Given the context in Isaiah 61, Jesus was not just talking about the spiritually poor, captives, or oppressed. He was talking to the spiritual and physical conditions of people on earth. In the same passage (verse 8), it reads:
“For I, the Lord, love justice;
I hate robbery and wrongdoing.”
In Isaiah 58:2-3, we see that Isaiah is calling out the people in his time for their rebellion:
“For day after day they seek me out;
they seem eager to know my ways,
as if they were a nation that does what is right
and has not forsaken the commands of its God.
They ask me for just decisions
and seem eager for God to come near them.
‘Why have we fasted,’ they say,
‘and you have not seen it?
Why have we humbled ourselves,
and you have not noticed?’”
They are asking God for justice, but they aren’t interested in doing justice (Isaiah 58:3-4):
“Yet on the day of your fasting, you do as you please
and exploit all your workers.
Your fasting ends in quarreling and strife,
and in striking each other with wicked fists.
You cannot fast as you do today
and expect your voice to be heard on high.”
Then he makes clear what doing justice looks like (Isaiah 58:6-7):
“Is not this the kind of fasting I have chosen:
to loose the chains of injustice
and untie the cords of the yoke,
to set the oppressed free
and break every yoke?
Is it not to share your food with the hungry
and to provide the poor wanderer with shelter—
when you see the naked, to clothe them,
and not to turn away from your own flesh and blood?”
This is what God wants of us. Not all the religious sacrifices we give, but a sacrifice of justice, which requires the sacrifice of our very selves (taking up our crosses, considering others, spending ourselves for others – loving others). This is where God promises to meet us (Isaiah 58:9-11):
“If you do away with the yoke of oppression,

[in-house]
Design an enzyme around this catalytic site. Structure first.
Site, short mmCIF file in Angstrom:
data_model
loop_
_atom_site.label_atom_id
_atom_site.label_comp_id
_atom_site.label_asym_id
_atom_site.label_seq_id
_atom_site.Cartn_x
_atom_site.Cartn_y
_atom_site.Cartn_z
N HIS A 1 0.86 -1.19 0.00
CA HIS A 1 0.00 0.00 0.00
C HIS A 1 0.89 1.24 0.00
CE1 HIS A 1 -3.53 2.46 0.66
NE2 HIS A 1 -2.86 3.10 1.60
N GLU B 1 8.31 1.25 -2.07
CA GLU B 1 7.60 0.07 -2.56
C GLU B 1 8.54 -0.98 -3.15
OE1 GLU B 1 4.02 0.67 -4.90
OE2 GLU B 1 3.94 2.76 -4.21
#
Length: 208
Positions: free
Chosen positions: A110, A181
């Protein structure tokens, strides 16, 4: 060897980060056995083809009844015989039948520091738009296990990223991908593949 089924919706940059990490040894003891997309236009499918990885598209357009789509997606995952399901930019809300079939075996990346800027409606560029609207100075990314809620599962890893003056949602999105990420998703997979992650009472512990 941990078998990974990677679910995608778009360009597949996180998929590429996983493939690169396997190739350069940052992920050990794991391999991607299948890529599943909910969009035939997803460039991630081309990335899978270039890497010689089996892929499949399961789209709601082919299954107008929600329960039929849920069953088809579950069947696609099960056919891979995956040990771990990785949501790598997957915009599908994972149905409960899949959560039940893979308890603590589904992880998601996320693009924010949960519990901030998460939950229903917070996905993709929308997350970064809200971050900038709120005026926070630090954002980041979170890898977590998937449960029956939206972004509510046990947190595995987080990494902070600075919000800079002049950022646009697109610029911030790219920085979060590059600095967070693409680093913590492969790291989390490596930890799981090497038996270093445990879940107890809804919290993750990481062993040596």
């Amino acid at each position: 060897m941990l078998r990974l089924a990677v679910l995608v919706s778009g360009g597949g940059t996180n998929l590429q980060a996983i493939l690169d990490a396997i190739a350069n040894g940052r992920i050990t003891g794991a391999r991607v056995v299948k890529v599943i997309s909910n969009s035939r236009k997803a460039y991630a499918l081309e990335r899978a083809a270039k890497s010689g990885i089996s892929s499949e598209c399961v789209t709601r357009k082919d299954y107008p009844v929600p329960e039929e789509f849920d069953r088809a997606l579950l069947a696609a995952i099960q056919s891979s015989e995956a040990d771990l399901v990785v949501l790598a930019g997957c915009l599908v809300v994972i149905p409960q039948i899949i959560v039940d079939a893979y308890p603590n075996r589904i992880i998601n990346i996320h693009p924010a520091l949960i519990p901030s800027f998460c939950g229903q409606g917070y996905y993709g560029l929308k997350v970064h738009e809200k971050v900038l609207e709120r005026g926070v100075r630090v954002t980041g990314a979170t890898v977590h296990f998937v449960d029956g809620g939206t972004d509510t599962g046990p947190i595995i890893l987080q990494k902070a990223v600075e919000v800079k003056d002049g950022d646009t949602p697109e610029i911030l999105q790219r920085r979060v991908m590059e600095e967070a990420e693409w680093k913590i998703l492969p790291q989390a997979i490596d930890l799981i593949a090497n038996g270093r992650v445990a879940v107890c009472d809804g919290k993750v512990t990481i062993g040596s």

with the pointing finger and malicious talk,
and if you spend yourselves in behalf of the hungry
and satisfy the needs of the oppressed,
then your light will rise in the darkness,
and your night will become like the noonday.
The Lord will guide you always;
he will satisfy your needs in a sun-scorched land
and will strengthen your frame.
You will be like a well-watered garden,
like a spring whose waters never fail.”
As Christians, we can’t allow the world to hijack our responsibility for justice. Just because Black Lives Matters, the organization, takes positions contrary to Scripture in what they stand for does not mean that we should not agree that black lives matter, for instance. Christians need to stand up in times where injustice is rightfully identified and agree that God’s heart is for justice.
We will encounter weeds, but that should not keep us from working in the fields where the wheat stands side by side with the weeds.
It isn’t for us to discern the weeds from the wheat either. God will do that at the end of age. Meanwhile, Jesus warns us not to judge people that way because we will inevitably pull up wheat with the weeds. (Matt. 13:29). Some of the people we might view as weeds are wheat waiting to be harvested.
We can leave those things to God. Meanwhile God wants us out in the fields doing what Jesus did: proclaiming good news to the poor and freedom to prisoners and loosening the chains of oppression. God wants us do justice, love kindness, and walk humbly with Him. (Micah 6:8) Love God and love your neighbor.